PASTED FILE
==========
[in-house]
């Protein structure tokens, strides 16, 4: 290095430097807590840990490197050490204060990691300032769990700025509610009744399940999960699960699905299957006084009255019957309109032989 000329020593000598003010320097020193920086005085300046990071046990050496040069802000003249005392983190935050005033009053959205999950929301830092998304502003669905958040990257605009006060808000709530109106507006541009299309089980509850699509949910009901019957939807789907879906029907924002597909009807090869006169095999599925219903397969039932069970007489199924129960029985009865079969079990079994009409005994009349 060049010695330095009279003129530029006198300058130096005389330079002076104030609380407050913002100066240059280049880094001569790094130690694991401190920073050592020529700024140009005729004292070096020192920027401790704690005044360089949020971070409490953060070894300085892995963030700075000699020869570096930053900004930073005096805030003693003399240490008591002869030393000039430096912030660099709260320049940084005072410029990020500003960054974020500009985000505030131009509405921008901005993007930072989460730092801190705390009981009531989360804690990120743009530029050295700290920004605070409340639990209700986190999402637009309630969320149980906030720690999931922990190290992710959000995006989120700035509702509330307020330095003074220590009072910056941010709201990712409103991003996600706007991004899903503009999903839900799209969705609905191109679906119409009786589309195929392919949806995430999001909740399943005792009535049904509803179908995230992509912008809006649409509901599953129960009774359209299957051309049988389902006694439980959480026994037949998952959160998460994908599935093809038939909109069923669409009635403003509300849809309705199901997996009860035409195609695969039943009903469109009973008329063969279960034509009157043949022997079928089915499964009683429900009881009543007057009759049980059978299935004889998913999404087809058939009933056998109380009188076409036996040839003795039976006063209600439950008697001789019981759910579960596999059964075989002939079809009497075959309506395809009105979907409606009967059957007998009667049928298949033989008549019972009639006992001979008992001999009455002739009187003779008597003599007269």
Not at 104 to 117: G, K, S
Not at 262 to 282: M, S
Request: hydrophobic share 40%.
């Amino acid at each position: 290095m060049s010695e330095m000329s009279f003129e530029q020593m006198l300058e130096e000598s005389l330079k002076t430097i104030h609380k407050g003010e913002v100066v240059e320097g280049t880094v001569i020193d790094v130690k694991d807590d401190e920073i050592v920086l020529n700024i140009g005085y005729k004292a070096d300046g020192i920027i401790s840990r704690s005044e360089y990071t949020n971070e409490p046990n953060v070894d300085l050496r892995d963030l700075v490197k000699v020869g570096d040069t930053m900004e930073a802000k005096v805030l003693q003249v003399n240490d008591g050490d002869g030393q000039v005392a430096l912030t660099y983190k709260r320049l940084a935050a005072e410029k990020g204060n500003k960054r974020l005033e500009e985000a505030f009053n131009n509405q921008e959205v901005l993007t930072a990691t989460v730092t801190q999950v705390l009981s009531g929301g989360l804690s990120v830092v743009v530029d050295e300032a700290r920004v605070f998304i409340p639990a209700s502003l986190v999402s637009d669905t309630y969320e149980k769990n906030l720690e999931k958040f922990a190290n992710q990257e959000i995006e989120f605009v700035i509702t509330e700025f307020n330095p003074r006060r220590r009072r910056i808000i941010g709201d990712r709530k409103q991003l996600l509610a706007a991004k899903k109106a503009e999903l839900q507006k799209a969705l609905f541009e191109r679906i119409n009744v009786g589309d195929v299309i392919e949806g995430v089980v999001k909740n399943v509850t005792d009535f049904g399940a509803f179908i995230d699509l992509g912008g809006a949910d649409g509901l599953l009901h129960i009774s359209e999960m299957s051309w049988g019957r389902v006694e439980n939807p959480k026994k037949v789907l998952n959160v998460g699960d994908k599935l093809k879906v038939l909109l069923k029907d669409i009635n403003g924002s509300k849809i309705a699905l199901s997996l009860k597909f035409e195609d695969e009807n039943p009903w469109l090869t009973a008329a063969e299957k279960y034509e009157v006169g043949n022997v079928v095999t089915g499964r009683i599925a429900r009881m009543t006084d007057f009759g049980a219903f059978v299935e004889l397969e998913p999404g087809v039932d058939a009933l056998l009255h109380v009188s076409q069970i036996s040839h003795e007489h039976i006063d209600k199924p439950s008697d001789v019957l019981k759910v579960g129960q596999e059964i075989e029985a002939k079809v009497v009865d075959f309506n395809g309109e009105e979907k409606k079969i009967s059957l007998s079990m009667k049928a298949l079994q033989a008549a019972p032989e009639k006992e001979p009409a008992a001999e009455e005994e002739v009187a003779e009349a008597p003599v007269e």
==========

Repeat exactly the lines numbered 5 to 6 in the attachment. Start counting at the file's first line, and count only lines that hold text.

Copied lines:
Request: hydrophobic share 40%.
């Amino acid at each position: 290095m060049s010695e330095m000329s009279f003129e530029q020593m006198l300058e130096e000598s005389l330079k002076t430097i104030h609380k407050g003010e913002v100066v240059e320097g280049t880094v001569i020193d790094v130690k694991d807590d401190e920073i050592v920086l020529n700024i140009g005085y005729k004292a070096d300046g020192i920027i401790s840990r704690s005044e360089y990071t949020n971070e409490p046990n953060v070894d300085l050496r892995d963030l700075v490197k000699v020869g570096d040069t930053m900004e930073a802000k005096v805030l003693q003249v003399n240490d008591g050490d002869g030393q000039v005392a430096l912030t660099y983190k709260r320049l940084a935050a005072e410029k990020g204060n500003k960054r974020l005033e500009e985000a505030f009053n131009n509405q921008e959205v901005l993007t930072a990691t989460v730092t801190q999950v705390l009981s009531g929301g989360l804690s990120v830092v743009v530029d050295e300032a700290r920004v605070f998304i409340p639990a209700s502003l986190v999402s637009d669905t309630y969320e149980k769990n906030l720690e999931k958040f922990a190290n992710q990257e959000i995006e989120f605009v700035i509702t509330e700025f307020n330095p003074r006060r220590r009072r910056i808000i941010g709201d990712r709530k409103q991003l996600l509610a706007a991004k899903k109106a503009e999903l839900q507006k799209a969705l609905f541009e191109r679906i119409n009744v009786g589309d195929v299309i392919e949806g995430v089980v999001k909740n399943v509850t005792d009535f049904g399940a509803f179908i995230d699509l992509g912008g809006a949910d649409g509901l599953l009901h129960i009774s359209e999960m299957s051309w049988g019957r389902v006694e439980n939807p959480k026994k037949v789907l998952n959160v998460g699960d994908k599935l093809k879906v038939l909109l069923k029907d669409i009635n403003g924002s509300k849809i309705a699905l199901s997996l009860k597909f035409e195609d695969e009807n039943p009903w469109l090869t009973a008329a063969e299957k279960y034509e009157v006169g043949n022997v079928v095999t089915g499964r009683i599925a429900r009881m009543t006084d007057f009759g049980a219903f059978v299935e004889l397969e998913p999404g087809v039932d058939a009933l056998l009255h109380v009188s076409q069970i036996s040839h003795e007489h039976i006063d209600k199924p439950s008697d001789v019957l019981k759910v579960g129960q596999e059964i075989e029985a002939k079809v009497v009865d075959f309506n395809g309109e009105e979907k409606k079969i009967s059957l007998s079990m009667k049928a298949l079994q033989a008549a019972p032989e009639k006992e001979p009409a008992a001999e009455e005994e002739v009187a003779e009349a008597p003599v007269e």